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Researchers at the SANS Internet Storm Center discovered that the Necurs botnet has been using what's known as a DDE attack to spread the Locky ransomware. What is a DDE attack, and what mitigation steps are available?
Attacks that exploit legitimate functionality in Microsoft Office and other programs continue to be successful as people accidentally enable these functions and allow malware to run on their endpoints.
The recent Necurs botnet attack was found running malicious code on an endpoint in Word via the dynamic data exchange (DDE). During this attack, the malicious code tries to download additional malicious code in order to infect the endpoint with Locky ransomware.
The DDE attack occurs when users attempt to embed data into a Word document, which makes updating reports easier. This is a powerful functionality, as it can be abused to run malicious code on an endpoint.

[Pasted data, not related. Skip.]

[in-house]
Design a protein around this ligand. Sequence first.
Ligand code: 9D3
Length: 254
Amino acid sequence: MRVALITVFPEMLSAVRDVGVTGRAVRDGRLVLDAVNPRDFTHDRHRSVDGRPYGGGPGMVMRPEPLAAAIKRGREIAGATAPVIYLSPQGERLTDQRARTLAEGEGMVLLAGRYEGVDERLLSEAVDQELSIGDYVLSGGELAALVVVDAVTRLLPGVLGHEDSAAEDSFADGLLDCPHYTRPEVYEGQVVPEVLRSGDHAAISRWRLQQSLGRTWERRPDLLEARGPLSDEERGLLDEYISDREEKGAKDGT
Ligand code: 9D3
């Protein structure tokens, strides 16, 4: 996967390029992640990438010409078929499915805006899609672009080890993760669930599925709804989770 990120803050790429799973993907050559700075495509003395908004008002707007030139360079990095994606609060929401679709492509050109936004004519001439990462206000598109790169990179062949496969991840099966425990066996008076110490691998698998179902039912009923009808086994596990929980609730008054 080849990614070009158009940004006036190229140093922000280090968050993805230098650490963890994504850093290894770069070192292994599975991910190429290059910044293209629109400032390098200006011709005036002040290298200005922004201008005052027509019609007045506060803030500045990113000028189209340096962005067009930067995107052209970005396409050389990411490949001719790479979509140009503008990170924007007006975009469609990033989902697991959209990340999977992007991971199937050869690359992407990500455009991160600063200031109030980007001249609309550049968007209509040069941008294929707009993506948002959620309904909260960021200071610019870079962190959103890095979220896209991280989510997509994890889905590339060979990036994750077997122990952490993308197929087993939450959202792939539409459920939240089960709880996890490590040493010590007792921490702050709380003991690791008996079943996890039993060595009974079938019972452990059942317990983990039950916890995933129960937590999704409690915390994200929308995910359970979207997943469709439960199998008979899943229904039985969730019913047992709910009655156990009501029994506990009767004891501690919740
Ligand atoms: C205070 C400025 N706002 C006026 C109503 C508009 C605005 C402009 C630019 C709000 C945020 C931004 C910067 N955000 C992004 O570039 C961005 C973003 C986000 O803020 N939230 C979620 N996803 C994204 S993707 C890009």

The DDE attack works by allowing one application to access the data of another application; the other application can be a command-line script that executes the malicious code on the endpoint, but the end user will get a pop-up warning. The DDE attack is one of many ways that macro-less code execution can take place in Microsoft Office.
Steps to mitigate the unexpected functionality include having tools in place that block the initial phishing attacks, restricting access to the command line and only allowing approved executables to run on a system. Likewise, every process running on a system can be logged and searched through in order to identify infected systems. Perhaps removing some of the unneeded functionality could reduce the attack surface and prevent future attacks.
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